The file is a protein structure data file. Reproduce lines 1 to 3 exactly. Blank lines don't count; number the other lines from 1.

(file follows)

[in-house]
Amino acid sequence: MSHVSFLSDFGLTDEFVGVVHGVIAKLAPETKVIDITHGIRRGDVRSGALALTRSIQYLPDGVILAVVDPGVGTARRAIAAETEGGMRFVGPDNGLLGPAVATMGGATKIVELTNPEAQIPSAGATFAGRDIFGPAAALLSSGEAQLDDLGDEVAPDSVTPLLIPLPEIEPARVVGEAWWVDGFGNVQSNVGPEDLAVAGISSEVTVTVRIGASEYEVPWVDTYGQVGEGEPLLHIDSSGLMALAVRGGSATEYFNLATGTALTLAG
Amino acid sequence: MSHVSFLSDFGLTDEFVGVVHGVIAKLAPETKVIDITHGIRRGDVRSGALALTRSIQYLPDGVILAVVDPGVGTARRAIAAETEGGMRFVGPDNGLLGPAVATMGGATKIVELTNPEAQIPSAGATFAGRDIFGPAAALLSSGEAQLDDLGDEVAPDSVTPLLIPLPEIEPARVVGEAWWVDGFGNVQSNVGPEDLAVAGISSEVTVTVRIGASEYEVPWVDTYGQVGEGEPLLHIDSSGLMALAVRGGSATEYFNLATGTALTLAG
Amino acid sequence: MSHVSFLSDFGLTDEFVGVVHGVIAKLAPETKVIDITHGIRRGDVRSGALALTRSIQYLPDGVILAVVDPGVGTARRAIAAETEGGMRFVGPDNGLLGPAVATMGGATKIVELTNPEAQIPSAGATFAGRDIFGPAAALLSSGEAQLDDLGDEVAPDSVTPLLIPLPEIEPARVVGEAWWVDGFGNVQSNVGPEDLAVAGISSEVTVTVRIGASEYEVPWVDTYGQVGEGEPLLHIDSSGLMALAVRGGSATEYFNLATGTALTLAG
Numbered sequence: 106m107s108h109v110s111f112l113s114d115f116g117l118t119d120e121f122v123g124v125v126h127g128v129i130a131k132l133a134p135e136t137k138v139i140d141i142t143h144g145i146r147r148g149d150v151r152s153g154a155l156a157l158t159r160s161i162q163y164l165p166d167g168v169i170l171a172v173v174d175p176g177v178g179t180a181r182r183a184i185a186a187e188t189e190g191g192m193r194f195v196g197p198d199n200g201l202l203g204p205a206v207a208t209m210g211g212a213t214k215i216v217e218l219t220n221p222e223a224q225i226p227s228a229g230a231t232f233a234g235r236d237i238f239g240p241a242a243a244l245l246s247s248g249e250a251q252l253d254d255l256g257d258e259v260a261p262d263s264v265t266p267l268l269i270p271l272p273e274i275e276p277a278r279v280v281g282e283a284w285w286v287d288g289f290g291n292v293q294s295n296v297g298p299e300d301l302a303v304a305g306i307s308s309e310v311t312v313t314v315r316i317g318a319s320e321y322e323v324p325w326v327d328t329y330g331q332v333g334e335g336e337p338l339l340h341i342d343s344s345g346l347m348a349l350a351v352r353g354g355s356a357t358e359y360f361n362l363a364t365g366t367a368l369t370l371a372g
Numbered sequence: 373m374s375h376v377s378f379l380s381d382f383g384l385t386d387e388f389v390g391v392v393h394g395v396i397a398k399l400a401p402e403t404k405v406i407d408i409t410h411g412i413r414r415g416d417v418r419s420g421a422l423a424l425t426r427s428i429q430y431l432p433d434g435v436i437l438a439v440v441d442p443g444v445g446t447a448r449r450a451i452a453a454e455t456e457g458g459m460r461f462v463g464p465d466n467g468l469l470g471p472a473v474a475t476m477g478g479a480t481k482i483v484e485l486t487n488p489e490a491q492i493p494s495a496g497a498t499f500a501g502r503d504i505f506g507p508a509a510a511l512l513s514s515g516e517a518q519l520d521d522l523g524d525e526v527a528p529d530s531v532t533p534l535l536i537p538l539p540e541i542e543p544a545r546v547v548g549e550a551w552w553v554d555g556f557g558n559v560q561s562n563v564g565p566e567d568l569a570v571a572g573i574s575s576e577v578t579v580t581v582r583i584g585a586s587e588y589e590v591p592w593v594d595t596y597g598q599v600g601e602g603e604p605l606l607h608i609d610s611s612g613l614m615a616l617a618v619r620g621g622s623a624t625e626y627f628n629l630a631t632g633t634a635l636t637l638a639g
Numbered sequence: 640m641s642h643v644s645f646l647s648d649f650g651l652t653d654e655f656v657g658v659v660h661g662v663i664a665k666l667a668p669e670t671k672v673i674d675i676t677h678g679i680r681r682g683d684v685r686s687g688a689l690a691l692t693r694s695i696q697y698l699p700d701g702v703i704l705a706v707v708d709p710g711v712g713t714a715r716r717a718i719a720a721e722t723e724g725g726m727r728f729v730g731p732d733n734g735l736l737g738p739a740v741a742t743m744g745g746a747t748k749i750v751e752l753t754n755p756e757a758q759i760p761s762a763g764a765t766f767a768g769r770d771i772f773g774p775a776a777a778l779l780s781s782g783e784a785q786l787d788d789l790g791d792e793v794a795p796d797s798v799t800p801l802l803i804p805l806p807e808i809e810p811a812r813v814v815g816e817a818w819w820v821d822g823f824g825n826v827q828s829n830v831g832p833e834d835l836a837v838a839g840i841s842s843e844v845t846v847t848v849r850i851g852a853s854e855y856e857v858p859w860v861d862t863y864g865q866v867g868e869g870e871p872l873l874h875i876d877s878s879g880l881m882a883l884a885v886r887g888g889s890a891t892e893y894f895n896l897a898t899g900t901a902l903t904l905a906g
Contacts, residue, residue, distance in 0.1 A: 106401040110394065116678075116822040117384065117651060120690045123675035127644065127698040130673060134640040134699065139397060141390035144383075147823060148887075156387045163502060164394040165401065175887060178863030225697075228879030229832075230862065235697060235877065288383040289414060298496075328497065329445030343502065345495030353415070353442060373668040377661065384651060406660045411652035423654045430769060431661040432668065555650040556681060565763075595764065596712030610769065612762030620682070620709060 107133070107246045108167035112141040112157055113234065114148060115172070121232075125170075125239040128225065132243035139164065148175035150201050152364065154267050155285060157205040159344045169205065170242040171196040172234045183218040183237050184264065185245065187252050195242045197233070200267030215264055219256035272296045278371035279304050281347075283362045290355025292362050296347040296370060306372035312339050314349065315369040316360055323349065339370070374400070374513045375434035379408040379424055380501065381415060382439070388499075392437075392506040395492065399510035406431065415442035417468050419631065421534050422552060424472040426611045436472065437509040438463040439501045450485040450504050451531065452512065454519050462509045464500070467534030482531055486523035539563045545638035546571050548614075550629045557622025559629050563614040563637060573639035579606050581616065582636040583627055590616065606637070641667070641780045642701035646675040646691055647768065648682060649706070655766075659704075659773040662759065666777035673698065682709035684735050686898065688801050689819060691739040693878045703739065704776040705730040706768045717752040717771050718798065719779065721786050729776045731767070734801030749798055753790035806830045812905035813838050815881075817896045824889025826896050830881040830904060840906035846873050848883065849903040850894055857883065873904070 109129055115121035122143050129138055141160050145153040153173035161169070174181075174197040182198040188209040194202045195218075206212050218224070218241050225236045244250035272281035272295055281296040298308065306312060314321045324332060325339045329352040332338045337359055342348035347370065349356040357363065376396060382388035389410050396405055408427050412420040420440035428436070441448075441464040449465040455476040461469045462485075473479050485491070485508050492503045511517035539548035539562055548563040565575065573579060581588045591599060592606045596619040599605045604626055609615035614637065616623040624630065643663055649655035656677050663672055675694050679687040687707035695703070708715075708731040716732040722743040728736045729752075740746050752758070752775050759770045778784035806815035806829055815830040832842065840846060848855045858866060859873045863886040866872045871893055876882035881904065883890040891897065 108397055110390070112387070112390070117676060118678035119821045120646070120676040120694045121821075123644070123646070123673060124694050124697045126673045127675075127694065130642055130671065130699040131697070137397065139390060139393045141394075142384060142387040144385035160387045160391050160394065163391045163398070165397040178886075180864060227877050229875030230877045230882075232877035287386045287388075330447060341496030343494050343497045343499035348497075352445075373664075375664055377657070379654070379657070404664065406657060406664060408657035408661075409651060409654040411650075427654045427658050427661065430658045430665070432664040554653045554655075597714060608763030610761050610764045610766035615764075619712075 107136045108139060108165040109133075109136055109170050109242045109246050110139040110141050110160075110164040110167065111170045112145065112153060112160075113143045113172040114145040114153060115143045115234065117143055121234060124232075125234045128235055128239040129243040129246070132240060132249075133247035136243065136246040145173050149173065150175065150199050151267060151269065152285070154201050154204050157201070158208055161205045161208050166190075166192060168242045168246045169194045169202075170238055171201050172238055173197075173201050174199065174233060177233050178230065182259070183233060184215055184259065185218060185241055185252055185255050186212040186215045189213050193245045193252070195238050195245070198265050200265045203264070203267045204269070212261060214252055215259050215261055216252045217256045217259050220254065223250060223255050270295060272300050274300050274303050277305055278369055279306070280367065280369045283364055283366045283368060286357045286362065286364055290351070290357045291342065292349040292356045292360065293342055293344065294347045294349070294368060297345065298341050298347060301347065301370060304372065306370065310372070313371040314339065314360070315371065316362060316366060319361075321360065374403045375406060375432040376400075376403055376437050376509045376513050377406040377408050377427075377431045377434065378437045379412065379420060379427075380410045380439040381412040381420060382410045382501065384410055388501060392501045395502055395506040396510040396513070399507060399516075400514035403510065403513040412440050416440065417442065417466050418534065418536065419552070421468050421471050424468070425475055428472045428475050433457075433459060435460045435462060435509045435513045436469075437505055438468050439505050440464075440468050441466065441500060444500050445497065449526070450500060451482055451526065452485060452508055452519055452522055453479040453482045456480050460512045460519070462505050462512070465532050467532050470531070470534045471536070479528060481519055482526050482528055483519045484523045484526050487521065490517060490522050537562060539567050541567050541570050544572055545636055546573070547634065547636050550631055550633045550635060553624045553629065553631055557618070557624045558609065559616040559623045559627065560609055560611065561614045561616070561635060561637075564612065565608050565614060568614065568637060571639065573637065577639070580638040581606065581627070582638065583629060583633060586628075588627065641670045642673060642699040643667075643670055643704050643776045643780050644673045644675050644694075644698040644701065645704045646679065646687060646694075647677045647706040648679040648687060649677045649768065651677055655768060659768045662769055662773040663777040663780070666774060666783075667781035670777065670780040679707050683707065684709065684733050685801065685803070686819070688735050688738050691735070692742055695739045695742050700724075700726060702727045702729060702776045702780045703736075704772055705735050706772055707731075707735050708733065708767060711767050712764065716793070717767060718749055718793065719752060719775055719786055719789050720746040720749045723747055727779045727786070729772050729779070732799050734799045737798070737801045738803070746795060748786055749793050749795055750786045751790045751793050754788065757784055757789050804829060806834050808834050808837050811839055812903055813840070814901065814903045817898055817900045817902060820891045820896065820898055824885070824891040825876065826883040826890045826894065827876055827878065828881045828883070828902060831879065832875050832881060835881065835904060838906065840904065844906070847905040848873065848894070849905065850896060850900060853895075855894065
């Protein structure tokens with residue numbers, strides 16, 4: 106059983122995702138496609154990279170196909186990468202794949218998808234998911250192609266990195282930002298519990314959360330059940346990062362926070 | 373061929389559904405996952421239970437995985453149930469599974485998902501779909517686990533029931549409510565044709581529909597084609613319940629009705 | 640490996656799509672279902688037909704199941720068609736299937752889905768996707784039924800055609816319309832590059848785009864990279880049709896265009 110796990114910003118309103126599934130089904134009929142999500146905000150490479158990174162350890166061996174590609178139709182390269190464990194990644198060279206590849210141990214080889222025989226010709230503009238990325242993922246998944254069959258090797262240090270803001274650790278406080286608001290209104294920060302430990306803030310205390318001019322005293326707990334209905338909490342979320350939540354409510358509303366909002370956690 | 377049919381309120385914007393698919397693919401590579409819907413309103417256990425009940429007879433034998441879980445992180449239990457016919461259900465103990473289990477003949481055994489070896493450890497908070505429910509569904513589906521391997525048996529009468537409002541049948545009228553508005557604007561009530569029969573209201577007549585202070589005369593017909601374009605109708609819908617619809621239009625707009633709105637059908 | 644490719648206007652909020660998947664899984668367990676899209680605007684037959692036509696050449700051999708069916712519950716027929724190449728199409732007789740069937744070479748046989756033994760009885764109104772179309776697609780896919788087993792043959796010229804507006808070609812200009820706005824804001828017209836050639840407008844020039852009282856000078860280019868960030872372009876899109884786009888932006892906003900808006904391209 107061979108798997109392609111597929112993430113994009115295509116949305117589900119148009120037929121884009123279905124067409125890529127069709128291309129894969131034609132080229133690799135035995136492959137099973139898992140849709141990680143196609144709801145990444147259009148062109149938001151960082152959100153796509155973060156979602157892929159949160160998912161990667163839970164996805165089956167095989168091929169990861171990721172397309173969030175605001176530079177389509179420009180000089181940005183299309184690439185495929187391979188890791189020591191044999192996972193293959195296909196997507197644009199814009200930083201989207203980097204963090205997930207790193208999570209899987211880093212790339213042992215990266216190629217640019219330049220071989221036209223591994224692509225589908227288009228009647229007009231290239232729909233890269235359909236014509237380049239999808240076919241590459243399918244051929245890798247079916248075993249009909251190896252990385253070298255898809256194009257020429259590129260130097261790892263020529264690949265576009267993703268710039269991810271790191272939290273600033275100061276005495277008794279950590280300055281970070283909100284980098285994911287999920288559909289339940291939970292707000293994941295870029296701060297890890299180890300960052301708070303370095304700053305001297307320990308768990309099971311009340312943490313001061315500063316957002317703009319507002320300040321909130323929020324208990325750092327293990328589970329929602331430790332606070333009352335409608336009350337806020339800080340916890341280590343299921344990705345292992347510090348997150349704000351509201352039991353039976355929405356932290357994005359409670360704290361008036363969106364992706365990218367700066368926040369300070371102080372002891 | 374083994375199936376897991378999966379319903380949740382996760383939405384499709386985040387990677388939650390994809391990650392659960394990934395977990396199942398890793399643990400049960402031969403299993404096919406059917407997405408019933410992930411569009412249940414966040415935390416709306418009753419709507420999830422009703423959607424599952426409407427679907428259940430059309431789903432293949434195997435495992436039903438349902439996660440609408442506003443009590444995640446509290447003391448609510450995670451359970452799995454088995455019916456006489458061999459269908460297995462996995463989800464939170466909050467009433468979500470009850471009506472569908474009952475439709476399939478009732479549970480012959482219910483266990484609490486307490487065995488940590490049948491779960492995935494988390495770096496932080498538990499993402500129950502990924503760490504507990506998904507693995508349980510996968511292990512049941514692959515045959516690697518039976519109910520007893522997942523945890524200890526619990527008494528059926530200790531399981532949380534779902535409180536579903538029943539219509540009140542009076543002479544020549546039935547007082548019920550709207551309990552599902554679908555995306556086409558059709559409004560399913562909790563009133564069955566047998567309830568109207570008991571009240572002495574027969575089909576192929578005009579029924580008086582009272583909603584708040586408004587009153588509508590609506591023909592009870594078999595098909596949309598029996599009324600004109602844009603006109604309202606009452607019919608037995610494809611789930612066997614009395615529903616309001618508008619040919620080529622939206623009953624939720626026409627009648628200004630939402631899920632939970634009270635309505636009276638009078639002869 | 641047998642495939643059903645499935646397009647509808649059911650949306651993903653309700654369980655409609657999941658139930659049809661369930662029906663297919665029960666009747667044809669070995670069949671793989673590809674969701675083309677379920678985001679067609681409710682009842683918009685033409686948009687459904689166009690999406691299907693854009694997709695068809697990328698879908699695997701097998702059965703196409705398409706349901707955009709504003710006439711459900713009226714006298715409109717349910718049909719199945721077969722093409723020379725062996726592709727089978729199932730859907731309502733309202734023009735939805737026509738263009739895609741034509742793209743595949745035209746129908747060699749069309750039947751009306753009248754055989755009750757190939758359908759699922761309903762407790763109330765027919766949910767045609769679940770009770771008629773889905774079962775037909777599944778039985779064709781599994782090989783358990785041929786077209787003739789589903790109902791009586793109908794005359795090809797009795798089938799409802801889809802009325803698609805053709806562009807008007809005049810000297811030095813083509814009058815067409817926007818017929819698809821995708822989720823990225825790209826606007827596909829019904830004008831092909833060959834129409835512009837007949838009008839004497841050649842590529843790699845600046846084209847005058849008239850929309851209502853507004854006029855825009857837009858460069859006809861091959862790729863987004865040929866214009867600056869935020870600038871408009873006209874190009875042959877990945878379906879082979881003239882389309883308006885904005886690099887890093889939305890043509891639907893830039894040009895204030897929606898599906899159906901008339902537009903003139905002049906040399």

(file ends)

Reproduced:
[in-house]
Amino acid sequence: MSHVSFLSDFGLTDEFVGVVHGVIAKLAPETKVIDITHGIRRGDVRSGALALTRSIQYLPDGVILAVVDPGVGTARRAIAAETEGGMRFVGPDNGLLGPAVATMGGATKIVELTNPEAQIPSAGATFAGRDIFGPAAALLSSGEAQLDDLGDEVAPDSVTPLLIPLPEIEPARVVGEAWWVDGFGNVQSNVGPEDLAVAGISSEVTVTVRIGASEYEVPWVDTYGQVGEGEPLLHIDSSGLMALAVRGGSATEYFNLATGTALTLAG
Amino acid sequence: MSHVSFLSDFGLTDEFVGVVHGVIAKLAPETKVIDITHGIRRGDVRSGALALTRSIQYLPDGVILAVVDPGVGTARRAIAAETEGGMRFVGPDNGLLGPAVATMGGATKIVELTNPEAQIPSAGATFAGRDIFGPAAALLSSGEAQLDDLGDEVAPDSVTPLLIPLPEIEPARVVGEAWWVDGFGNVQSNVGPEDLAVAGISSEVTVTVRIGASEYEVPWVDTYGQVGEGEPLLHIDSSGLMALAVRGGSATEYFNLATGTALTLAG